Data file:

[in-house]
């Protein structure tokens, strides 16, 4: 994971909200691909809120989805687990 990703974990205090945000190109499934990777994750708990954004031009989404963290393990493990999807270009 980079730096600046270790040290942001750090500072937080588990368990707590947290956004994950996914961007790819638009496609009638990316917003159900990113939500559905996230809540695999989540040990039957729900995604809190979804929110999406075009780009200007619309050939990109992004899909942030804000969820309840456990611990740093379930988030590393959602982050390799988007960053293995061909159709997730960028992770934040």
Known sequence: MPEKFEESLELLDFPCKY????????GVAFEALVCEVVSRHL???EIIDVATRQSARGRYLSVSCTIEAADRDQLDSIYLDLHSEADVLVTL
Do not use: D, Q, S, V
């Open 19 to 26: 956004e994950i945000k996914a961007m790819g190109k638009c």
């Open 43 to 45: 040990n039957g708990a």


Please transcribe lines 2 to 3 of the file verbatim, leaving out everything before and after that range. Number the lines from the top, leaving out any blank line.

């Protein structure tokens, strides 16, 4: 994971909200691909809120989805687990 990703974990205090945000190109499934990777994750708990954004031009989404963290393990493990999807270009 980079730096600046270790040290942001750090500072937080588990368990707590947290956004994950996914961007790819638009496609009638990316917003159900990113939500559905996230809540695999989540040990039957729900995604809190979804929110999406075009780009200007619309050939990109992004899909942030804000969820309840456990611990740093379930988030590393959602982050390799988007960053293995061909159709997730960028992770934040």
Known sequence: MPEKFEESLELLDFPCKY????????GVAFEALVCEVVSRHL???EIIDVATRQSARGRYLSVSCTIEAADRDQLDSIYLDLHSEADVLVTL